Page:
How to Install a Backsplash with SimpleMat

Tile backsplashes, countertops and shower walls are popular home improvements, but homeowners face some common problems when considering these investments. 

The traditional way of installing a backsplash isn’t easy for do-it-yourselfers. And the alternative — hiring a professional for the job — is too expensive.

Kathrin Luton's kitchen, after its renovation with a new range hood and backsplash, in Palmdale, California.
A tile backsplash gives this California kitchen a finished look, and makes cooking messes easier to clean.

Backsplash Installation: What You Should Know 

The average backsplash costs about $1,000 to install, according to HomeAdvisor. The actual cost reflects materials used, the job’s complexity (like angles to work around), and even transporting materials to the job site.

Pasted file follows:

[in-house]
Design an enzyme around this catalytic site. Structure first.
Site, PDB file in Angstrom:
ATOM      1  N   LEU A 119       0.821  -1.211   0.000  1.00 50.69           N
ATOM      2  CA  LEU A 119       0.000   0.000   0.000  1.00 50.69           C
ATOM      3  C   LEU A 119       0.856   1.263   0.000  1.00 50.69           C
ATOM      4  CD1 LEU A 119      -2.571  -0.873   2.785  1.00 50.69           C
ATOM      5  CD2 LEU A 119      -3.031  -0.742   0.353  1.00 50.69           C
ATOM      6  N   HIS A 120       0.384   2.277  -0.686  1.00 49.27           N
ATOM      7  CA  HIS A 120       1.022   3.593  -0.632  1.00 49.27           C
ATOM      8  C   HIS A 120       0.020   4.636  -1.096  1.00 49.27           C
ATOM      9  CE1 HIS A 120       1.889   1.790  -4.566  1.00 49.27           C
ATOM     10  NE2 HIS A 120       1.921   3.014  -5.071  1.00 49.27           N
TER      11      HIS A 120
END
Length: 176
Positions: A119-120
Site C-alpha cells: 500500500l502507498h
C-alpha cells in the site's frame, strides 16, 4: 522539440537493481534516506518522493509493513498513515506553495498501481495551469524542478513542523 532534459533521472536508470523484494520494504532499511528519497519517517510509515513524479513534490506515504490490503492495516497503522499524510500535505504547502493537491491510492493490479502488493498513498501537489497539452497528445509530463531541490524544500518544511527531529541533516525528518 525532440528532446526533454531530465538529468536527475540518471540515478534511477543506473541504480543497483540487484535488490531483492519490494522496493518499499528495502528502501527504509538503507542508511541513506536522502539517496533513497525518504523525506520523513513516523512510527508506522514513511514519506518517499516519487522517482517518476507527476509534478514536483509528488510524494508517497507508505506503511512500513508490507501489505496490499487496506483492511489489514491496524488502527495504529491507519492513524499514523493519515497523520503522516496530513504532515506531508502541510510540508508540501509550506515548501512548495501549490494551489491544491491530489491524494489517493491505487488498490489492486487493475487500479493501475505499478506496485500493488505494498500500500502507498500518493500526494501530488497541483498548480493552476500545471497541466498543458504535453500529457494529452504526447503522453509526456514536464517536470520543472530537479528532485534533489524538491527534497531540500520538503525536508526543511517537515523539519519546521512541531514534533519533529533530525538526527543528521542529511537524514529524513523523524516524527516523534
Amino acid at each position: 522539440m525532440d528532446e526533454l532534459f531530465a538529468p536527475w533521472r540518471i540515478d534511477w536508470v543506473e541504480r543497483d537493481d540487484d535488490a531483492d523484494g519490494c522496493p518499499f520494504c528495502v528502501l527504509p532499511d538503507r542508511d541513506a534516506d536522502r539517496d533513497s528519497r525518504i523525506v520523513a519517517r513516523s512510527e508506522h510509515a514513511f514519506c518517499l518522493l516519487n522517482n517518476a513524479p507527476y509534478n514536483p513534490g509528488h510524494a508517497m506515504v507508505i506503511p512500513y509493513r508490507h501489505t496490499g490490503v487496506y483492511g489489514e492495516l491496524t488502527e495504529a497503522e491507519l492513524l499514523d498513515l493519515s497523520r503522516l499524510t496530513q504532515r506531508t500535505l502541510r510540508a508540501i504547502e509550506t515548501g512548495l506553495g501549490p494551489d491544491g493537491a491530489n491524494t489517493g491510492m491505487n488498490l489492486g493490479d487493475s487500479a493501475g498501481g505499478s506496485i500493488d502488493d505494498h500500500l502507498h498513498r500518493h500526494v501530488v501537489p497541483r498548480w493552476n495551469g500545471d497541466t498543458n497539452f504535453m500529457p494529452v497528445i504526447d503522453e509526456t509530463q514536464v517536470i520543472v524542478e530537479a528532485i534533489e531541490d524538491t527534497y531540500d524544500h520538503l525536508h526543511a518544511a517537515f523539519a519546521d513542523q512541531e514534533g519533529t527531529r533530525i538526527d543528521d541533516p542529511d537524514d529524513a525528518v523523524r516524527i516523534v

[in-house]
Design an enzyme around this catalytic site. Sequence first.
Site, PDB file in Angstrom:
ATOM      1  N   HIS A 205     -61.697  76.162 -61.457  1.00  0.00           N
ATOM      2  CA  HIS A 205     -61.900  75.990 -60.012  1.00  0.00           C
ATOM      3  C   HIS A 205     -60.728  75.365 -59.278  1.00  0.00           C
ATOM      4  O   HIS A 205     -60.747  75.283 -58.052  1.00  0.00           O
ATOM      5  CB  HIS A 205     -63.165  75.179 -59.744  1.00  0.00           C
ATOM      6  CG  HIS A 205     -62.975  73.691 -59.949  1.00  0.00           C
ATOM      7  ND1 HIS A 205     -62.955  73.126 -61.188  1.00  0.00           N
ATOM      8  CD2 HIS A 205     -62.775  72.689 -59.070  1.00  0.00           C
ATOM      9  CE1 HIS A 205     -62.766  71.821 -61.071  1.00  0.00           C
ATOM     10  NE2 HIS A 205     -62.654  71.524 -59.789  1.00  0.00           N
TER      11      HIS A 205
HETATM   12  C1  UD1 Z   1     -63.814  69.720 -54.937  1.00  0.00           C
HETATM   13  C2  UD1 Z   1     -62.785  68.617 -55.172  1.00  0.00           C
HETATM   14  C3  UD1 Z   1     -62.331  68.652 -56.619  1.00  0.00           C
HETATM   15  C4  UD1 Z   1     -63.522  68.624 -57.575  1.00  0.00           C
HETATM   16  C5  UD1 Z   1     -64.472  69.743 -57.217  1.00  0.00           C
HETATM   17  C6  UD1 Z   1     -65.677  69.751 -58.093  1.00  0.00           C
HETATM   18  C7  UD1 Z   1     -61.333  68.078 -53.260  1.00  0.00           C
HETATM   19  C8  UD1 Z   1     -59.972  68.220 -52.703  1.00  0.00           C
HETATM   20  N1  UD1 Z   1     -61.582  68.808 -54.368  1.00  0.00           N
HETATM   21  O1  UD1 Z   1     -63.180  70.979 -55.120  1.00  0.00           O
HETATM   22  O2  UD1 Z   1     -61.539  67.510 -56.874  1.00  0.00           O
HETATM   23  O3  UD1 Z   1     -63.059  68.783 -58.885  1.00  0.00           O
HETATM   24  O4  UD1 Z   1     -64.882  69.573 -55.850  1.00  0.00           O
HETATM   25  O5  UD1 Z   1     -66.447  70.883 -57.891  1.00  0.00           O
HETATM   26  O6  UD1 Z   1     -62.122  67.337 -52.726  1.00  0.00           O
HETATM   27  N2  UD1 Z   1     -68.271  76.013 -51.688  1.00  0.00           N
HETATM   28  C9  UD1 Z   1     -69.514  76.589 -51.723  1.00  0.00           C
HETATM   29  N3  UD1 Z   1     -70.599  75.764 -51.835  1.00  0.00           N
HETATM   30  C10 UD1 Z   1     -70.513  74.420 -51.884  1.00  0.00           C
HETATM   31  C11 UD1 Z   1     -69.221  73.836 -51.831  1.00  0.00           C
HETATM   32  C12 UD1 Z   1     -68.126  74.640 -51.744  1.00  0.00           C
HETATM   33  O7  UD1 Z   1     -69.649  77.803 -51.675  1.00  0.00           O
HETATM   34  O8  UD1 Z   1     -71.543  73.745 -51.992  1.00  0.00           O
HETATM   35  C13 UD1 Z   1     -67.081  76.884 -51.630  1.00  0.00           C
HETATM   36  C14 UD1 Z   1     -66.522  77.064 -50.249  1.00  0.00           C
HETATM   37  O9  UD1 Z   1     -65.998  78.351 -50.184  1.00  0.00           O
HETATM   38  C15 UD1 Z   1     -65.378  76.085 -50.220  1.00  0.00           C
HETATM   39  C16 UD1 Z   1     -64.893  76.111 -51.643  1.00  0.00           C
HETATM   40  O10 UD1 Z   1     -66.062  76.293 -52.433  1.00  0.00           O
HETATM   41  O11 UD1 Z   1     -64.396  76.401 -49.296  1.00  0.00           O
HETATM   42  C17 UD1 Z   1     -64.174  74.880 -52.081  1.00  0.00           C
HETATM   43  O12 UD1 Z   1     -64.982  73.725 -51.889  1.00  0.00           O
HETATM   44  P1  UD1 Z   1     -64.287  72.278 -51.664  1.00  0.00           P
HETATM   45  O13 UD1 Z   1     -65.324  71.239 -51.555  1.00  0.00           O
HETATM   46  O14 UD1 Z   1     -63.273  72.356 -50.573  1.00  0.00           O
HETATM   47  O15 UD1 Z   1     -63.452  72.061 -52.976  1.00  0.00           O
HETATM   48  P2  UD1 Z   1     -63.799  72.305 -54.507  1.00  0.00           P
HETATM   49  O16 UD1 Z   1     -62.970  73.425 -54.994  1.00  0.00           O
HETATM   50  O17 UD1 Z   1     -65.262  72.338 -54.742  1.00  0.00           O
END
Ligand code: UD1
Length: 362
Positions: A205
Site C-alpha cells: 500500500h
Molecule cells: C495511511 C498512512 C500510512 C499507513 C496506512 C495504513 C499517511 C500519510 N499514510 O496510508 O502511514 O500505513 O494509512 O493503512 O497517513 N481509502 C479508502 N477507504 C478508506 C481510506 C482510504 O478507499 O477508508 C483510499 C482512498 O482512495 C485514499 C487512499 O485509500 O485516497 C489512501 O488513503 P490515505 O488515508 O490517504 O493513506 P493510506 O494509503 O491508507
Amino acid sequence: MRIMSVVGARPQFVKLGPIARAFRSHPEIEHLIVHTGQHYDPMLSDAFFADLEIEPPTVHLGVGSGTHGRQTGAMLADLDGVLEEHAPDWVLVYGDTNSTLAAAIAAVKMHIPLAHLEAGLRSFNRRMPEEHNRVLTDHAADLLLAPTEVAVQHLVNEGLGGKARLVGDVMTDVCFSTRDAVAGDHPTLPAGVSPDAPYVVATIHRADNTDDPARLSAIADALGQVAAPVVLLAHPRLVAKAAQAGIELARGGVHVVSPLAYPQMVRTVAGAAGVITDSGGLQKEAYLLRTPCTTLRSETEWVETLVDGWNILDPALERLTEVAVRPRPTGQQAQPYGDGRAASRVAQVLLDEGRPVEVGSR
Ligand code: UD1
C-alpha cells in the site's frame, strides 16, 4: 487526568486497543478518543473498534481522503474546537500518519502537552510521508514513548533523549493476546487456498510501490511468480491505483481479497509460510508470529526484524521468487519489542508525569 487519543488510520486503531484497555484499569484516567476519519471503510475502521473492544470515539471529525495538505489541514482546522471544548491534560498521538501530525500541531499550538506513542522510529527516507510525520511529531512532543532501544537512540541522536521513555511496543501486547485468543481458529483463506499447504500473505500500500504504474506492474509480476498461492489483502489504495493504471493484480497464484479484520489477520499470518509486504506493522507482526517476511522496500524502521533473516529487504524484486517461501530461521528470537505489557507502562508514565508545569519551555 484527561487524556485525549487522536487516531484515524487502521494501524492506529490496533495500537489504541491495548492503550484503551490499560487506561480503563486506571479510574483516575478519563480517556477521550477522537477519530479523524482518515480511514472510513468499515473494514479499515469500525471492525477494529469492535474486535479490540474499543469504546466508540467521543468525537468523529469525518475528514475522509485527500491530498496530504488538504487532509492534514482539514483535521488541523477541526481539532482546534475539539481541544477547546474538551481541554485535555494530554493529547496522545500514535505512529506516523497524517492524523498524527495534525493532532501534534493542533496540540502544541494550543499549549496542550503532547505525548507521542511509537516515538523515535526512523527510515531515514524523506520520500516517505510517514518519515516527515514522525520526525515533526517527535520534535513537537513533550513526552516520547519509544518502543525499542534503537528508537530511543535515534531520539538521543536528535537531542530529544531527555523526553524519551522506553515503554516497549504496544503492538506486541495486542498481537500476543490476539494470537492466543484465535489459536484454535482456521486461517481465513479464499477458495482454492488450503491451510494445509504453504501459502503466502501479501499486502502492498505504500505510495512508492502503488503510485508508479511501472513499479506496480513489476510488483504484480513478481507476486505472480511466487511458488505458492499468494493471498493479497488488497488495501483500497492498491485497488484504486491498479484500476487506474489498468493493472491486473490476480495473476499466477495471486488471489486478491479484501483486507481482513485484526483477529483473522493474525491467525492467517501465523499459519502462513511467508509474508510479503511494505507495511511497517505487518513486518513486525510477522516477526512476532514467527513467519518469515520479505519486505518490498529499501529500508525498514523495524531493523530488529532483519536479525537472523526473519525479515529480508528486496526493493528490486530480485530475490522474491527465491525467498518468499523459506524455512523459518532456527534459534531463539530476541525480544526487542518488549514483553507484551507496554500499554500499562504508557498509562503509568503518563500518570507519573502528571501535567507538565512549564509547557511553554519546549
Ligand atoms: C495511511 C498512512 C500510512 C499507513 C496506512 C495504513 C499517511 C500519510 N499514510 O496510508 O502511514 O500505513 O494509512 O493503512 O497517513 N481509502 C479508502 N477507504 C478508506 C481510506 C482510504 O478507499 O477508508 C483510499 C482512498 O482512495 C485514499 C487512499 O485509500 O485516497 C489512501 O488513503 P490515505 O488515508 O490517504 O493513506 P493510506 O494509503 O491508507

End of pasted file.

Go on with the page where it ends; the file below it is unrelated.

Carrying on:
You may have to pay $400 to $500 per day, and that’s just for labor. Keep in mind that a professional backsplash installation often takes two days! 

Compared to those costs, the DIY route is more attractive to homeowners — and the simpler the project is, the better. But that’s a problem with thinset mortar, a tile adhesive.

First, you have to spread the mortar with the trowel’s flat side and then create ridges with its notched side. Then you have to wait for the tile to set — cure time varies a lot and could be 16 hours or more!

Slowly, but surely, the process comes together, but who has that kind of time?

That’s why I love time-saving tools like SimpleMat from Custom Building Products. This double-sided adhesive mat is designed to bond tile to drywall and many other surfaces without the hassle.